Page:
2006 Space Review

Everyone's space effort is on the rise!
http://www.msnbc.msn.com/id/16369032/
Hooray!

Don't forget to vote:
http://www.msnbc.msn.com/id/16372722/

Thursday, December 28, 2006

Thursday, December 14, 2006

Comet receipe

http://apnews.myway.com/article/20061214/D8M0Q0PO1.html

Don't forget the "on to Mars" part

http://www.space.com/news/061213_ap_mars_moon.html

Hot, Hot, Hot!!

Venus that is...
http://www.space.com/scienceastronomy/061214_venus_map.html

Mars Rover Update

New pictures from Spirit (King George Island -> hematite ):
http://marsrovers.jpl.nasa.gov/gallery/press/spirit/20061213a.html

and Opportunity (Cape Verde -> layers):
http://marsrovers.jpl.nasa.gov/gallery/press/opportunity/20061213a.html

Come one come all

The NASA Moon base will have standard architecture so that other nations can build modules that will fit.

http://www.space.com/news/061213_moonbase_international.html

X-ray Vision (almost)

Guy Webster 818-354-6278
Jet Propulsion Laboratory, Pasadena, Calif.

Dwayne Brown 202-358-1726
NASA Headquarters, Washington, D.C.

Peter Golkin 202-633-2374
National Air and Space Museum, Washington, D.C.

NEWS RELEASE: 2006-149 December 13, 2006

Geologists Finding a Different Mars Underneath

Mars is showing scientists its older, craggier face buried beneath the surface, thanks to a pioneering sounding radar co-sponsored by NASA aboard the European Space Agency's Mars Express orbiter.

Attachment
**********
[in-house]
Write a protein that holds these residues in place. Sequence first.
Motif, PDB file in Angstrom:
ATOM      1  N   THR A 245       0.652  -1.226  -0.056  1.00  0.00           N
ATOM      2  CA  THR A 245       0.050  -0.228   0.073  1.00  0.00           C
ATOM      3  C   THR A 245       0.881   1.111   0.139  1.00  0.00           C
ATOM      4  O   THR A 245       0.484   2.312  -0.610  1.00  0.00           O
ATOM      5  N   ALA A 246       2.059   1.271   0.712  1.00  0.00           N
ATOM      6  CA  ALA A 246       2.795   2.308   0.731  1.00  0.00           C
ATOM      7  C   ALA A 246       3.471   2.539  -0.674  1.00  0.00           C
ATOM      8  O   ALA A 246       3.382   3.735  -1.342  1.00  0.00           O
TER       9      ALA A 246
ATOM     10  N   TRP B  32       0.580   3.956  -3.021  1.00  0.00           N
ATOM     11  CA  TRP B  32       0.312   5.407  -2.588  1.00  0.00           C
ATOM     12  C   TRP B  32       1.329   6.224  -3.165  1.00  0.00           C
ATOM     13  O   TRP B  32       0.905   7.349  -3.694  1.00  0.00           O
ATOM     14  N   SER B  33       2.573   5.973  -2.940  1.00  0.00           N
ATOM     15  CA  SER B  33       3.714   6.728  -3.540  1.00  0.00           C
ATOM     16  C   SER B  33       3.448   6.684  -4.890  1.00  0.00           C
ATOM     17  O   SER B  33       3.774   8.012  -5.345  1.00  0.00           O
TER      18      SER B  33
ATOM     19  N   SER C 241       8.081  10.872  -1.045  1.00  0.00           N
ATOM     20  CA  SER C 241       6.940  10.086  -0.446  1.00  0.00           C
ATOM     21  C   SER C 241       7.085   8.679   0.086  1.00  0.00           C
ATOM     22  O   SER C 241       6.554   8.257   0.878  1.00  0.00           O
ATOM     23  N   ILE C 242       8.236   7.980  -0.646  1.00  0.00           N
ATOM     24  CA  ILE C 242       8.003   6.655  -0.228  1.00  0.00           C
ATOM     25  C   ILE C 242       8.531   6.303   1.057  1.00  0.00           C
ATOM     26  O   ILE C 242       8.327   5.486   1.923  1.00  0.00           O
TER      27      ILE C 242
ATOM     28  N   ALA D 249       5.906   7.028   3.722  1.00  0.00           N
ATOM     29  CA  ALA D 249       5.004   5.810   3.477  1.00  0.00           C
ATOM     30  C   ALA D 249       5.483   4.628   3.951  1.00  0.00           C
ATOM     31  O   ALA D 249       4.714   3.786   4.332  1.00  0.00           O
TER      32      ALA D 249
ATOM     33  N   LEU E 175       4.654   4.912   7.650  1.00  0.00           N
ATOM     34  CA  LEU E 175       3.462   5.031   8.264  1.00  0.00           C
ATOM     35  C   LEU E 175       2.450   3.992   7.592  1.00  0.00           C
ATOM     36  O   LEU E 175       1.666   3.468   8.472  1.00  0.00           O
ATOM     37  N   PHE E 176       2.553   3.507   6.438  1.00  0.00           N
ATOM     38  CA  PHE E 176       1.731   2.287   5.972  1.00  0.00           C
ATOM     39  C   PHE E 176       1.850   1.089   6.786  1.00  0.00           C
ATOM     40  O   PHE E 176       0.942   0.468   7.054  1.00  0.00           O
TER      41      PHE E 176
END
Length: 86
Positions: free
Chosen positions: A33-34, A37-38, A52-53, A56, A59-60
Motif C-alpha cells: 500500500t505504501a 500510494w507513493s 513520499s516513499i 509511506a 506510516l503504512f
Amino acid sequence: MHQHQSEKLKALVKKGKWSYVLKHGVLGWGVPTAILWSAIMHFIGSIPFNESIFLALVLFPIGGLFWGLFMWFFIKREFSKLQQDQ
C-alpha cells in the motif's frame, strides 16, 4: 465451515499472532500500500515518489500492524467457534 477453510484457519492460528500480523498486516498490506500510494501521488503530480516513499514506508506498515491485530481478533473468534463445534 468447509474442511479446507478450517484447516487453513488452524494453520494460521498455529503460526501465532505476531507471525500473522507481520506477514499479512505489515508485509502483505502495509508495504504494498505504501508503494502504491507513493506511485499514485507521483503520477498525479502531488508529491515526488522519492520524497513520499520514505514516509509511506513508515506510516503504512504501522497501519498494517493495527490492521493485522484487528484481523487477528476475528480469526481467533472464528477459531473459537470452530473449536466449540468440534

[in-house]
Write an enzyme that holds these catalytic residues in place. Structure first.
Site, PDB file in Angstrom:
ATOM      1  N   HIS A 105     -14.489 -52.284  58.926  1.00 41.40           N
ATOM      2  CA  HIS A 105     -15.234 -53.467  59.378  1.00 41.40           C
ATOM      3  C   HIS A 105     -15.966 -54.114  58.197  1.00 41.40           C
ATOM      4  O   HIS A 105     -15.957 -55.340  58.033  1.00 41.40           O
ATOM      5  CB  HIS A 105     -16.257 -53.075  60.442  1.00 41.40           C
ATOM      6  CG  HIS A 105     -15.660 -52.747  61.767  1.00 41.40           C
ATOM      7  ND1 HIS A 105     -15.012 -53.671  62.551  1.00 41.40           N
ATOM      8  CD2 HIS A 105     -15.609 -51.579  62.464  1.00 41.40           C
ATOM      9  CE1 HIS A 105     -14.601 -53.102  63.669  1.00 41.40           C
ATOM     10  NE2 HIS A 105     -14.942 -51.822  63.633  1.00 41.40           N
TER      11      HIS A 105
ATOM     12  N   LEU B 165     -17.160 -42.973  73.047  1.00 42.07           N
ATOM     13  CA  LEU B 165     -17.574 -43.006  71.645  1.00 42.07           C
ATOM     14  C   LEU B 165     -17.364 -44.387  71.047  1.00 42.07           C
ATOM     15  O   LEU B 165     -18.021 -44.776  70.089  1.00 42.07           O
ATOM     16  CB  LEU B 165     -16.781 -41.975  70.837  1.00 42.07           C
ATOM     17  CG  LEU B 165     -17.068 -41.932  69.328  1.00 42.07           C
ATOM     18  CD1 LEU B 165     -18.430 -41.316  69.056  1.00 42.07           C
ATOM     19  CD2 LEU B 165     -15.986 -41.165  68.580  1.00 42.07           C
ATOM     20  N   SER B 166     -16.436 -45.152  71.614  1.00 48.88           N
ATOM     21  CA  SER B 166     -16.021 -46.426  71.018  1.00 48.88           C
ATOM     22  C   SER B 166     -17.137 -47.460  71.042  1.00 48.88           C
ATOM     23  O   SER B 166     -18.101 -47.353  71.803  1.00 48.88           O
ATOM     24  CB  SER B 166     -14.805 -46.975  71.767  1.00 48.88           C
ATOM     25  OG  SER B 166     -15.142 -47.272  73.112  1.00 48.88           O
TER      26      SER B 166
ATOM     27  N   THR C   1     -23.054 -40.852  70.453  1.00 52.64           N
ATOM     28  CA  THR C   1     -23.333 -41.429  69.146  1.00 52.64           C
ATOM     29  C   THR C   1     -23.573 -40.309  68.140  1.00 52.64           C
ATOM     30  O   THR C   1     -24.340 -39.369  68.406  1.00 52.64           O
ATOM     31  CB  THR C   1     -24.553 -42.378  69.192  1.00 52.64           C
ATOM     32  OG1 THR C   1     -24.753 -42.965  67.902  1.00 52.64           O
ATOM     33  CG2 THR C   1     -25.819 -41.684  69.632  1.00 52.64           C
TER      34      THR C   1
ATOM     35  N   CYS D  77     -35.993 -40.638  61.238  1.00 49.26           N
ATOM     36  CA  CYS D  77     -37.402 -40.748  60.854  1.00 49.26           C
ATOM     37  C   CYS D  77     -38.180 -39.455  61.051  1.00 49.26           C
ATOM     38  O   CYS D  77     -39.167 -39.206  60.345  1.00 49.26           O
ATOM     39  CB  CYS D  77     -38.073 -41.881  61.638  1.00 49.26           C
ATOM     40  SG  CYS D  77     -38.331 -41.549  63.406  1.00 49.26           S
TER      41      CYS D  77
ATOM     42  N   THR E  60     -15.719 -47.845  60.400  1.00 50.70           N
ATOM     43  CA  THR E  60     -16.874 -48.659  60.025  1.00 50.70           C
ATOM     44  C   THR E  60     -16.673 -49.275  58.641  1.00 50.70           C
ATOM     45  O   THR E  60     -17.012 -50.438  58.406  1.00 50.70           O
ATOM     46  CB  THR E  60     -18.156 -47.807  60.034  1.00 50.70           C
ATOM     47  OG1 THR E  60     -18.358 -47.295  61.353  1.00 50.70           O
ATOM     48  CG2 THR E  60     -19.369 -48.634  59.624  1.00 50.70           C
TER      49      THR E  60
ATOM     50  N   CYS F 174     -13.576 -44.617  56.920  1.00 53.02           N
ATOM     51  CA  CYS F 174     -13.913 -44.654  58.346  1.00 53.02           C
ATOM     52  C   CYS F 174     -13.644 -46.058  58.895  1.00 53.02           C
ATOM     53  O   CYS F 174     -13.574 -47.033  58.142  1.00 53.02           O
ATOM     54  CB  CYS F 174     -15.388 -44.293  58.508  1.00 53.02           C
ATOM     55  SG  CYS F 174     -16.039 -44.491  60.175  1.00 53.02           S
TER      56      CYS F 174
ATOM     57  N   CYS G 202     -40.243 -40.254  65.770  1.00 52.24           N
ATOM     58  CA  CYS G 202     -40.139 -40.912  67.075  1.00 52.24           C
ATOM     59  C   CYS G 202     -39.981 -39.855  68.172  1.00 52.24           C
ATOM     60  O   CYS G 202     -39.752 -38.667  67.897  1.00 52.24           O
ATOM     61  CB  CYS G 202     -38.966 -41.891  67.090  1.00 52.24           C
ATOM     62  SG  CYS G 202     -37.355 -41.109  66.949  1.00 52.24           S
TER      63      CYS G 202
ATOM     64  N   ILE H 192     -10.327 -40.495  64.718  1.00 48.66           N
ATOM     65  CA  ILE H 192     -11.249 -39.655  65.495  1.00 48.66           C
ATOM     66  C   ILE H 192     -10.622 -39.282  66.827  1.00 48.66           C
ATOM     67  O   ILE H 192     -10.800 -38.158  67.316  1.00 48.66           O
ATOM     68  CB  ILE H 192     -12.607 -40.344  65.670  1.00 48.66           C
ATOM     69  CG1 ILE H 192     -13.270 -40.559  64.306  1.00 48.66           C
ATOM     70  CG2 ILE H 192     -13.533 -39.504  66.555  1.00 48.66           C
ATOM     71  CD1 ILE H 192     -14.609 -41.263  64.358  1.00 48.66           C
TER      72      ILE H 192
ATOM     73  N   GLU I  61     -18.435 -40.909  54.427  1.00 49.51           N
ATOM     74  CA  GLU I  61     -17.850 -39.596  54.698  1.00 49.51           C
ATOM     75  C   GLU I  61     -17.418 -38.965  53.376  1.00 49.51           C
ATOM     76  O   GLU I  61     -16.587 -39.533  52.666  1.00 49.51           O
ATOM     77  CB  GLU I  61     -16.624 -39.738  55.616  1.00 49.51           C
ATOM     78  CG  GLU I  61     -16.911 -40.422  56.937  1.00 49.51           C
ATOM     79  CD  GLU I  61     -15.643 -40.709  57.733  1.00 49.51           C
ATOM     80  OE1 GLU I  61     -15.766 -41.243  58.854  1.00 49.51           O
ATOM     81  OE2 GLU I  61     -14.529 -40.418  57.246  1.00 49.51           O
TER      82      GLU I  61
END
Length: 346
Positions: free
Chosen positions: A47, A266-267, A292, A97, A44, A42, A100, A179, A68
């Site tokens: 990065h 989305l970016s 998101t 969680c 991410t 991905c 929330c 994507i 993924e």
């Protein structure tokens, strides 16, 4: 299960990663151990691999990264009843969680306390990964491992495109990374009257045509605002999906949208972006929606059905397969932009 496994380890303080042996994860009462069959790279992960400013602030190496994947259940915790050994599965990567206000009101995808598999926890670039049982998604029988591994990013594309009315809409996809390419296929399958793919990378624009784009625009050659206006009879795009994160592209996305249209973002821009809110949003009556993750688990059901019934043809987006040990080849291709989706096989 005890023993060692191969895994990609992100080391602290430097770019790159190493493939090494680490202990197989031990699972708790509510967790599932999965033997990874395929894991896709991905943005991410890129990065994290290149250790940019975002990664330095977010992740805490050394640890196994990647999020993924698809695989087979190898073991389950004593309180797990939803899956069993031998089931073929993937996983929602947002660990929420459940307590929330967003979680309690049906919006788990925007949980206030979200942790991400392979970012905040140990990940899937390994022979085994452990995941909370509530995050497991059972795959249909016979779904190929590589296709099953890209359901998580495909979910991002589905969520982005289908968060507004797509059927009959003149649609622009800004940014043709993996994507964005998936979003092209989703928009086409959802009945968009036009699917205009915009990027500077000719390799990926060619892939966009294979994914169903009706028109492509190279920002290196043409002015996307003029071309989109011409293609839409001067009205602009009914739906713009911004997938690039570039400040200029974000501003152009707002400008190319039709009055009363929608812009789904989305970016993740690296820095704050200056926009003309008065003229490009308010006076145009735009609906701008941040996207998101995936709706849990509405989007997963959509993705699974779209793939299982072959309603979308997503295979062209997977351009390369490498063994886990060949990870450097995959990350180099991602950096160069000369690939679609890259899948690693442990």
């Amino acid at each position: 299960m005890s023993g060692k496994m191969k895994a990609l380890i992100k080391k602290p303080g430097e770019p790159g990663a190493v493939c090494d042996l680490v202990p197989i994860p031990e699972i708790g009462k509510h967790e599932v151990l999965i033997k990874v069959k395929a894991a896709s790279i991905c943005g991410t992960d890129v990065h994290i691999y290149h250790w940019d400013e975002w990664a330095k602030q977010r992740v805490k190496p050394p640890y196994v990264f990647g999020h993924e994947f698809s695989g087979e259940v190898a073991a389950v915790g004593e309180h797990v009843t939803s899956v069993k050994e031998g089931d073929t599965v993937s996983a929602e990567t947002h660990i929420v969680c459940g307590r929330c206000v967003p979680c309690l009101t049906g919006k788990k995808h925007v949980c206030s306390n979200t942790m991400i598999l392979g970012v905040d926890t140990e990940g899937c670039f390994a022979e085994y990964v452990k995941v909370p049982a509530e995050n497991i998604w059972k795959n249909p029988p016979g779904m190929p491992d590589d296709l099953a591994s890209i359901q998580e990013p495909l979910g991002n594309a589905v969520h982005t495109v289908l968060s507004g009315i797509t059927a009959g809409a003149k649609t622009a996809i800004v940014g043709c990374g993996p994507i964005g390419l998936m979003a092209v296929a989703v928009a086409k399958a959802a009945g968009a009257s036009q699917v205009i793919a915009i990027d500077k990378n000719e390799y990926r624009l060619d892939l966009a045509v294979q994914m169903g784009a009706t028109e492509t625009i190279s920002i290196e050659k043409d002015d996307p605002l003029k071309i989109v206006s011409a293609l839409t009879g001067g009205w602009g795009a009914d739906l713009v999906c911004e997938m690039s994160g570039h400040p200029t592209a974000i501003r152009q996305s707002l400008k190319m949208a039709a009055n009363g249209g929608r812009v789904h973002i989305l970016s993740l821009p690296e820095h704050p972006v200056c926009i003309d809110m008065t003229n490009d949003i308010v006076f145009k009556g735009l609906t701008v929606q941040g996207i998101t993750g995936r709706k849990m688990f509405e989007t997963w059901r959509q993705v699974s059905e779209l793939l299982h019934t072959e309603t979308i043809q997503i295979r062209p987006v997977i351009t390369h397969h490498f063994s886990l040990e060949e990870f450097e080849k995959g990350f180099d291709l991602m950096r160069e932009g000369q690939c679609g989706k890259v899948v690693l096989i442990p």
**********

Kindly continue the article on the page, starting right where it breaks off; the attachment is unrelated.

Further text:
Observations by the first project to explore a planet by sounding radar strongly suggest that ancient impact craters lie buried beneath the smooth, low plains of Mars' northern hemisphere. The technique uses echoes of waves that have penetrated below the surface.

"It's almost like having X-ray vision," said Dr. Thomas R. Watters of the National Air and Space Museum's Center for Earth and Planetary Studies, Washington. "Besides finding previously unknown impact basins, we've also confirmed that some of the subtle topographic depressions mapped previously in the lowlands are related to impact features."

Studies of how Mars evolved aid understanding of early Earth. Some signs of the forces at work a few billion years ago are more evident on Mars because, on Earth, many of them have been obliterated during Earth's more active resurfacing by tectonic activity.

Watters and nine co-authors report the findings in the Dec. 14, 2006 issue of the journal Nature.

The researchers used the orbiter's Mars Advanced Radar for Subsurface and Ionospheric Sounding, which was provided to the European Mars mission by NASA and the Italian Space Agency. The instrument transmits radio waves that pass through the Martian surface and bounce off features in the subsurface with electrical properties that contrast with those of materials that buried them.

The findings bring planetary scientists closer to understanding one of the most enduring mysteries about the geologic evolution of the planet. In contrast to Earth, Mars shows a striking difference between its northern and southern hemispheres. Almost the entire southern hemisphere has rough, heavily cratered highlands, while most of the northern hemisphere is smoother and lower in elevation.

Since the impacts that cause craters can happen anywhere on a planet, the areas with fewer craters are generally interpreted as younger surfaces where geological processes have erased the impact scars. The abundance of buried craters that the radar has detected beneath Mars' smooth northern plains means the underlying crust of the northern hemisphere is extremely old, "perhaps as ancient as the heavily cratered highland crust in the southern hemisphere."